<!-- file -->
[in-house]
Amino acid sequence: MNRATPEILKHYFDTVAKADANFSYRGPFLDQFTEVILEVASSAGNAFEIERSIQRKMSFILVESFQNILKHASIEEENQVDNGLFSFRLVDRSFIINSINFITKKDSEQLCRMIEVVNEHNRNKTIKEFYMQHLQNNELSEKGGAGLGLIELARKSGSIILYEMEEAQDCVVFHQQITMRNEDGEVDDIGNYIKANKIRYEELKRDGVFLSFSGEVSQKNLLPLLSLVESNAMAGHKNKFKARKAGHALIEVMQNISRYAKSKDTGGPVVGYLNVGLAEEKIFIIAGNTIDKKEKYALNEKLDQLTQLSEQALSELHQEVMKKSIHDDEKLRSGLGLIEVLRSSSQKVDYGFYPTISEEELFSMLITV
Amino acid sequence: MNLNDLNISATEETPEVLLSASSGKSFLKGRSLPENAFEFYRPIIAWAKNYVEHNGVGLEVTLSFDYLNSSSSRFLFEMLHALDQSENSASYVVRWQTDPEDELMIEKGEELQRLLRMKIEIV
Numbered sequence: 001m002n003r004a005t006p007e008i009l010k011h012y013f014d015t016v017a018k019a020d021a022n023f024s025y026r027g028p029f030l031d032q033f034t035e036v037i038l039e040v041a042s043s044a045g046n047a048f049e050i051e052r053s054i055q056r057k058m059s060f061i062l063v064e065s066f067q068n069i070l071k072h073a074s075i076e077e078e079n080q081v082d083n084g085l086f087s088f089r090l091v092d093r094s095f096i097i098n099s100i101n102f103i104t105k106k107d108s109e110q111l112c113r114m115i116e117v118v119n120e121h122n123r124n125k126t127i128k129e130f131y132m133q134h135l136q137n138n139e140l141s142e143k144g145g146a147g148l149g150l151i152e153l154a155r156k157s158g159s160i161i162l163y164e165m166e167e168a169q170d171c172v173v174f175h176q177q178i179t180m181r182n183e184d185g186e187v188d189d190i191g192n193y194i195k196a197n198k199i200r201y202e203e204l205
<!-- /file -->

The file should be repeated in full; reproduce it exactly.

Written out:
[in-house]
Amino acid sequence: MNRATPEILKHYFDTVAKADANFSYRGPFLDQFTEVILEVASSAGNAFEIERSIQRKMSFILVESFQNILKHASIEEENQVDNGLFSFRLVDRSFIINSINFITKKDSEQLCRMIEVVNEHNRNKTIKEFYMQHLQNNELSEKGGAGLGLIELARKSGSIILYEMEEAQDCVVFHQQITMRNEDGEVDDIGNYIKANKIRYEELKRDGVFLSFSGEVSQKNLLPLLSLVESNAMAGHKNKFKARKAGHALIEVMQNISRYAKSKDTGGPVVGYLNVGLAEEKIFIIAGNTIDKKEKYALNEKLDQLTQLSEQALSELHQEVMKKSIHDDEKLRSGLGLIEVLRSSSQKVDYGFYPTISEEELFSMLITV
Amino acid sequence: MNLNDLNISATEETPEVLLSASSGKSFLKGRSLPENAFEFYRPIIAWAKNYVEHNGVGLEVTLSFDYLNSSSSRFLFEMLHALDQSENSASYVVRWQTDPEDELMIEKGEELQRLLRMKIEIV
Numbered sequence: 001m002n003r004a005t006p007e008i009l010k011h012y013f014d015t016v017a018k019a020d021a022n023f024s025y026r027g028p029f030l031d032q033f034t035e036v037i038l039e040v041a042s043s044a045g046n047a048f049e050i051e052r053s054i055q056r057k058m059s060f061i062l063v064e065s066f067q068n069i070l071k072h073a074s075i076e077e078e079n080q081v082d083n084g085l086f087s088f089r090l091v092d093r094s095f096i097i098n099s100i101n102f103i104t105k106k107d108s109e110q111l112c113r114m115i116e117v118v119n120e121h122n123r124n125k126t127i128k129e130f131y132m133q134h135l136q137n138n139e140l141s142e143k144g145g146a147g148l149g150l151i152e153l154a155r156k157s158g159s160i161i162l163y164e165m166e167e168a169q170d171c172v173v174f175h176q177q178i179t180m181r182n183e184d185g186e187v188d189d190i191g192n193y194i195k196a197n198k199i200r201y202e203e204l205